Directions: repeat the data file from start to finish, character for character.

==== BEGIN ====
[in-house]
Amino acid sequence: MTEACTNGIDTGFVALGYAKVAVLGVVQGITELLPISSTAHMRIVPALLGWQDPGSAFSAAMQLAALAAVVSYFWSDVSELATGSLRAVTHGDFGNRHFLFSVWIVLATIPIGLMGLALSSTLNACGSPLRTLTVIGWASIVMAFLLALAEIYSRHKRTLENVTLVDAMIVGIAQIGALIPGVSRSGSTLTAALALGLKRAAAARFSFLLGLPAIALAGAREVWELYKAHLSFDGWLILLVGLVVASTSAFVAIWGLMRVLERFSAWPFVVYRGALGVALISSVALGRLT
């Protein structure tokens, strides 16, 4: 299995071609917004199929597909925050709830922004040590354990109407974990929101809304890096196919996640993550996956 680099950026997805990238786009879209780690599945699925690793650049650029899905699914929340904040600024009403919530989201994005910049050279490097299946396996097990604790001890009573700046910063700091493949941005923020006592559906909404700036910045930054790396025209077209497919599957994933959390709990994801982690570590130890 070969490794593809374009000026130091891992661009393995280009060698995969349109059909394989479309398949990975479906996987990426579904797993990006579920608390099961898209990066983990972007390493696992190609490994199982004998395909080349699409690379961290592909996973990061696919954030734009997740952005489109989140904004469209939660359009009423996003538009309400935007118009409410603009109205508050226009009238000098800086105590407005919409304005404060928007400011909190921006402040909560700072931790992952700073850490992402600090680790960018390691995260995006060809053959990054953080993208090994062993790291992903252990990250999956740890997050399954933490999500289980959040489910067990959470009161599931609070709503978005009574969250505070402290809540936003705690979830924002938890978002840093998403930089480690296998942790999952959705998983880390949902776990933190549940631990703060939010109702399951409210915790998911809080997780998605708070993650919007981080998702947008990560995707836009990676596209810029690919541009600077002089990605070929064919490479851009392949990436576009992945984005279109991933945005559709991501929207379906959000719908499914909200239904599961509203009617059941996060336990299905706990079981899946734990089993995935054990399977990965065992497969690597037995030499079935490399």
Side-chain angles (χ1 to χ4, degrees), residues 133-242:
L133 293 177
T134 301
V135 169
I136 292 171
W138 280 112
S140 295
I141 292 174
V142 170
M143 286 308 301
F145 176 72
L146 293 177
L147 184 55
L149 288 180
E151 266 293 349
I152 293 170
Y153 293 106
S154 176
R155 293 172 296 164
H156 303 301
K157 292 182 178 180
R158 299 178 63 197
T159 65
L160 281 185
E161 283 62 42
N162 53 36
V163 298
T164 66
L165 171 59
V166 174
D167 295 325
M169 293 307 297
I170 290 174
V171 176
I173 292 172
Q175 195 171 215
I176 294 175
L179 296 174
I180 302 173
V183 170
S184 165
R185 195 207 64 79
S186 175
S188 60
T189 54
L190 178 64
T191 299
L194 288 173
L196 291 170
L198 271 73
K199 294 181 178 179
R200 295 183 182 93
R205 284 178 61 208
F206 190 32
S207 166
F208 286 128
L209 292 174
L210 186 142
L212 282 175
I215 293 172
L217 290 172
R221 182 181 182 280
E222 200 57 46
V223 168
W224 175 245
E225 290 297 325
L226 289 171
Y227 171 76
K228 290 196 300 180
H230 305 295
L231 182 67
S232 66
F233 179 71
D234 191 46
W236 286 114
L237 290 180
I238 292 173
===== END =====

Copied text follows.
[in-house]
Amino acid sequence: MTEACTNGIDTGFVALGYAKVAVLGVVQGITELLPISSTAHMRIVPALLGWQDPGSAFSAAMQLAALAAVVSYFWSDVSELATGSLRAVTHGDFGNRHFLFSVWIVLATIPIGLMGLALSSTLNACGSPLRTLTVIGWASIVMAFLLALAEIYSRHKRTLENVTLVDAMIVGIAQIGALIPGVSRSGSTLTAALALGLKRAAAARFSFLLGLPAIALAGAREVWELYKAHLSFDGWLILLVGLVVASTSAFVAIWGLMRVLERFSAWPFVVYRGALGVALISSVALGRLT
């Protein structure tokens, strides 16, 4: 299995071609917004199929597909925050709830922004040590354990109407974990929101809304890096196919996640993550996956 680099950026997805990238786009879209780690599945699925690793650049650029899905699914929340904040600024009403919530989201994005910049050279490097299946396996097990604790001890009573700046910063700091493949941005923020006592559906909404700036910045930054790396025209077209497919599957994933959390709990994801982690570590130890 070969490794593809374009000026130091891992661009393995280009060698995969349109059909394989479309398949990975479906996987990426579904797993990006579920608390099961898209990066983990972007390493696992190609490994199982004998395909080349699409690379961290592909996973990061696919954030734009997740952005489109989140904004469209939660359009009423996003538009309400935007118009409410603009109205508050226009009238000098800086105590407005919409304005404060928007400011909190921006402040909560700072931790992952700073850490992402600090680790960018390691995260995006060809053959990054953080993208090994062993790291992903252990990250999956740890997050399954933490999500289980959040489910067990959470009161599931609070709503978005009574969250505070402290809540936003705690979830924002938890978002840093998403930089480690296998942790999952959705998983880390949902776990933190549940631990703060939010109702399951409210915790998911809080997780998605708070993650919007981080998702947008990560995707836009990676596209810029690919541009600077002089990605070929064919490479851009392949990436576009992945984005279109991933945005559709991501929207379906959000719908499914909200239904599961509203009617059941996060336990299905706990079981899946734990089993995935054990399977990965065992497969690597037995030499079935490399």
Side-chain angles (χ1 to χ4, degrees), residues 133-242:
L133 293 177
T134 301
V135 169
I136 292 171
W138 280 112
S140 295
I141 292 174
V142 170
M143 286 308 301
F145 176 72
L146 293 177
L147 184 55
L149 288 180
E151 266 293 349
I152 293 170
Y153 293 106
S154 176
R155 293 172 296 164
H156 303 301
K157 292 182 178 180
R158 299 178 63 197
T159 65
L160 281 185
E161 283 62 42
N162 53 36
V163 298
T164 66
L165 171 59
V166 174
D167 295 325
M169 293 307 297
I170 290 174
V171 176
I173 292 172
Q175 195 171 215
I176 294 175
L179 296 174
I180 302 173
V183 170
S184 165
R185 195 207 64 79
S186 175
S188 60
T189 54
L190 178 64
T191 299
L194 288 173
L196 291 170
L198 271 73
K199 294 181 178 179
R200 295 183 182 93
R205 284 178 61 208
F206 190 32
S207 166
F208 286 128
L209 292 174
L210 186 142
L212 282 175
I215 293 172
L217 290 172
R221 182 181 182 280
E222 200 57 46
V223 168
W224 175 245
E225 290 297 325
L226 289 171
Y227 171 76
K228 290 196 300 180
H230 305 295
L231 182 67
S232 66
F233 179 71
D234 191 46
W236 286 114
L237 290 180
I238 292 173